Marlena Books: bridging the gap between a love of reading and dementia

Rachel reading to her grandmother

Rachel reading to her grandmother

Seeing an opportunity and seizing it is one of the first steps to creating a successful entrepreneurial venture. For Rachel Thompson, a graduate from the faculty of Applied Health Sciences and alumna of St. Paul's GreenHouse, her leap into entrepreneurship began when her grandmother, a lover of books, was diagnosed with dementia. Seeing that the only dementia-friendly books on the market were aimed at children, Rachel created Marlena Books. The company aims to deliver more suitable reading material to those with dementia.

Reading is associated with many positive social and cognitive benefits including improved mood, improved sleep, improved short term memory, reduced stress, and can keep the brain cognitively active to slow decline in some cases."

Named in tribute to Rachel's grandmothers, Marilyn and Helena, Marlena Books aspires to make reading enjoyable again for those with dementia by focusing on simplifying stories, adding thicker pages, and getting individuals with dementia to create the artwork included in the books through local art therapy programs. The books are short, with stories that focus on topics interesting to the demographic, such as hockey or gardening.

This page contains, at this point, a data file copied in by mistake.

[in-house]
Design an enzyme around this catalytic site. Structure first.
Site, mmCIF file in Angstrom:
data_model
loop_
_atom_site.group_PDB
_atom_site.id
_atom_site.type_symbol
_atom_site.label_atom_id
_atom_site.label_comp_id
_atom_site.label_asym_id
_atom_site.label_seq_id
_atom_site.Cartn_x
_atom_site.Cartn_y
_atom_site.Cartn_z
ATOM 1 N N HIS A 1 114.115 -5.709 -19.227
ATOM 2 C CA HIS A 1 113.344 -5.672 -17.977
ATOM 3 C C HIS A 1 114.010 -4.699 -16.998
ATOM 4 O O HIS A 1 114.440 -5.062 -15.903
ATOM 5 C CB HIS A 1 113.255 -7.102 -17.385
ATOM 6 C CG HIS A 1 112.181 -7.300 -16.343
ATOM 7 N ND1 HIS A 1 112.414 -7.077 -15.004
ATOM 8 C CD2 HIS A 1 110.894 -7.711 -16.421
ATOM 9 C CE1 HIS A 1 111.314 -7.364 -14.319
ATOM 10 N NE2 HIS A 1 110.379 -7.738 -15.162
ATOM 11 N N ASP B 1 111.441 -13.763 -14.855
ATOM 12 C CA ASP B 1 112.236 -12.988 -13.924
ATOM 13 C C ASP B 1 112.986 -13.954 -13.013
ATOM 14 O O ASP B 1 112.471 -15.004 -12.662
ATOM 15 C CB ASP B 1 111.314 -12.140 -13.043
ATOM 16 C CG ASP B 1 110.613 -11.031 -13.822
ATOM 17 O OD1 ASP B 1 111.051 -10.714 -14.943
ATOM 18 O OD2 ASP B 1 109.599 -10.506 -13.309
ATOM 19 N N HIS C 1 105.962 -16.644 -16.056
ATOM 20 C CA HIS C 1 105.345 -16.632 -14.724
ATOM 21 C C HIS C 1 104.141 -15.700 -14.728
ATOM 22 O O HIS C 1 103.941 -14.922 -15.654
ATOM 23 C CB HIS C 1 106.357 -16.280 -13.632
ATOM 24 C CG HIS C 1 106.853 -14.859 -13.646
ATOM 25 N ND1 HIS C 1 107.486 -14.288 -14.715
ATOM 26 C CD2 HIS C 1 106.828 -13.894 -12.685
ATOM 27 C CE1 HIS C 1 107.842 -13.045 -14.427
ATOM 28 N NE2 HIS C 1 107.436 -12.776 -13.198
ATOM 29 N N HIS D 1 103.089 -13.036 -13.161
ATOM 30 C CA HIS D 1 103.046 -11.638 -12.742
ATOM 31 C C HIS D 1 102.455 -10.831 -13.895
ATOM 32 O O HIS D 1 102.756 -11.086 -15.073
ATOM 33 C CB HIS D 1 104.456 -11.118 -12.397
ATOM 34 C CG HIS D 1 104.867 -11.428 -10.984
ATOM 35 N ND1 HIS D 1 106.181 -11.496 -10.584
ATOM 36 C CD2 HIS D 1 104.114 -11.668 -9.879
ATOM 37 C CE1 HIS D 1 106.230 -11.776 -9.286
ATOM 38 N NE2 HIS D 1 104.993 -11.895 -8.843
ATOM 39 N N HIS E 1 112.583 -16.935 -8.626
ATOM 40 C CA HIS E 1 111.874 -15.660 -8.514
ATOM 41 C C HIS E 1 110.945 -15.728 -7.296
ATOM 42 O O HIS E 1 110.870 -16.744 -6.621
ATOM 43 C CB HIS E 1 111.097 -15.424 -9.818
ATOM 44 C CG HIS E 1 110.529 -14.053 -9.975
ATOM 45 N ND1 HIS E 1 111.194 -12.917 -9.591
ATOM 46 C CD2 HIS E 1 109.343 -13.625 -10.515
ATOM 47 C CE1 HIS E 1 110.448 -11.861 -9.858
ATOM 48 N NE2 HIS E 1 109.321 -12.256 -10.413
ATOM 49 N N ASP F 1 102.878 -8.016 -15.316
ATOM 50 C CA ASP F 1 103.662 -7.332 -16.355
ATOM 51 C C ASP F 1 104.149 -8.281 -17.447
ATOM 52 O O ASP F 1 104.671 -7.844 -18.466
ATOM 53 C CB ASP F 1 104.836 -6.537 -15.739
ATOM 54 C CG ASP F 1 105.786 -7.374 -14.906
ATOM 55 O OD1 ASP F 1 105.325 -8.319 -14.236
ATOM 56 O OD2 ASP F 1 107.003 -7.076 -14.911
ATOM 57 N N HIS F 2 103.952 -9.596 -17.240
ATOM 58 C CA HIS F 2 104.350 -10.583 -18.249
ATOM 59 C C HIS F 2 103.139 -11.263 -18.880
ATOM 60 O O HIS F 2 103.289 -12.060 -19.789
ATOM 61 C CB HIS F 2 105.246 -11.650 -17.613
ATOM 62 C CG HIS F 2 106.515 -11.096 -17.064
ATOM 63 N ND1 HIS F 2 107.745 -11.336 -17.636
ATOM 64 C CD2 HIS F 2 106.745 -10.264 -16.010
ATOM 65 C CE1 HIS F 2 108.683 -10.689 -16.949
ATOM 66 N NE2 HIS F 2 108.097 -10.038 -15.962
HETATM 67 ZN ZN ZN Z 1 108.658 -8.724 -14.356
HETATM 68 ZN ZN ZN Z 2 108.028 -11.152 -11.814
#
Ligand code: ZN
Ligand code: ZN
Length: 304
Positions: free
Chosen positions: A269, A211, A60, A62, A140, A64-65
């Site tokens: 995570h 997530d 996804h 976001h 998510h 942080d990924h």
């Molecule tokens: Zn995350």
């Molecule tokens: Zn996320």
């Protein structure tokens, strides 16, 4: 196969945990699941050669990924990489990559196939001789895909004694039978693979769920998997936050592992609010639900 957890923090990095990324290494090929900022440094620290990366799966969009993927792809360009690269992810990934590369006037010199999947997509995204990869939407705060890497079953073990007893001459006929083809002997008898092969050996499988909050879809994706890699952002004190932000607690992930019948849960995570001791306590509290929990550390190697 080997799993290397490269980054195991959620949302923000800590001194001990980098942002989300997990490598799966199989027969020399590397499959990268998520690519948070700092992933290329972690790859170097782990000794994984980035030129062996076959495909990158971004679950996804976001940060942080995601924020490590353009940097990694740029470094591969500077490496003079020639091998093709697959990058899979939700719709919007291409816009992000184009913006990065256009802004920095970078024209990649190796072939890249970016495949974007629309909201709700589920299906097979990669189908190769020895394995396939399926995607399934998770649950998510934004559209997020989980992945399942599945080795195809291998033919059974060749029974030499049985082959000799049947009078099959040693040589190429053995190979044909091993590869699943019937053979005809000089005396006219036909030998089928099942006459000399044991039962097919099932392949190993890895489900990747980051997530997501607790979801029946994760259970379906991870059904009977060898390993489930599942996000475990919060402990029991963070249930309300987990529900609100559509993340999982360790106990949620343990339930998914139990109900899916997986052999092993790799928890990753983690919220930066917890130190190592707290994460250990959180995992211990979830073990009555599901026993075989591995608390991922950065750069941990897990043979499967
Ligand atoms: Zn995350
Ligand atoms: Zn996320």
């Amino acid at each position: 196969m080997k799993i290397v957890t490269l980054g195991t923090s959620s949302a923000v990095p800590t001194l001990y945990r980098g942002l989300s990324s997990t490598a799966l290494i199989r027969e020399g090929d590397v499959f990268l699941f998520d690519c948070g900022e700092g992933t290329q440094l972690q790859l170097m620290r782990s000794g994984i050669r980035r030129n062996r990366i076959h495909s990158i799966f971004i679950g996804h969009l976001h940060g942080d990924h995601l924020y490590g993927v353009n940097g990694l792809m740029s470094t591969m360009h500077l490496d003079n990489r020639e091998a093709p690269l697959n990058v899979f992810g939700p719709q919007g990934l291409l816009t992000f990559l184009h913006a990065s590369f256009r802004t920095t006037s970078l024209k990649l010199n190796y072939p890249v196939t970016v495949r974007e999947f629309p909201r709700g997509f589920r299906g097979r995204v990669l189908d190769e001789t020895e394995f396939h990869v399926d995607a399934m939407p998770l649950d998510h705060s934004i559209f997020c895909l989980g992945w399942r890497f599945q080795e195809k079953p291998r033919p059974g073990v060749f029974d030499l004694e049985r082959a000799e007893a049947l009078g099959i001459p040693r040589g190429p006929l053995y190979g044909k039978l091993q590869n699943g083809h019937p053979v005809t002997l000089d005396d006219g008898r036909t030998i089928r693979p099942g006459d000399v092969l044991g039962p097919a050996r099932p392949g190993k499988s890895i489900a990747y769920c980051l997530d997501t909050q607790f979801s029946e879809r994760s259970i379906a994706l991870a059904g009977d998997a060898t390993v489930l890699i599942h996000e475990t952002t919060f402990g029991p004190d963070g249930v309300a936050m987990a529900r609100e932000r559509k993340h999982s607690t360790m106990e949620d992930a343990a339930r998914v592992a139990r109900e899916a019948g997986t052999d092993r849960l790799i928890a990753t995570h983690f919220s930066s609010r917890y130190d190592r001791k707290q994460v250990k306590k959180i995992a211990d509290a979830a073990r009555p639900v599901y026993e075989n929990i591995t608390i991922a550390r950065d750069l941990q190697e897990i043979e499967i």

Example of a Marlena book

Examples of a Marlena Books

Starting the company was about family and opening the conversation around dementia and the stigmas associated with it.  Rachel wanted to positively influence the lives of individuals living with dementia and their families.

I am most proud of the positive response Marlena Books has received. Knowing the idea of Marlena Books has now transformed into a physical product that positively influence lives is something I take great pride in. By allowing individuals with dementia to continue doing something they love, such as reading, they are able to feel more comfortable in light of many other changes.”

For Rachel, sharing her story is more then just awareness for dementia. It’s also about showing students what’s possible when you put your mind to it.

At the University of Waterloo innovation and entrepreneurship is everywhere. I want to get the Marlena Books story out there to hopefully inspire other Waterloo students to pursue entrepreneurship in any degree, and that you do not need to be limited by the nature of your innovation.“

To learn more about Marlena Books and the work they’re doing, follow them on Twitter, Facebook, or check out their website.

Have an idea for a company or need entrepreneurial guidance? Check out one of the many on-campus resources.

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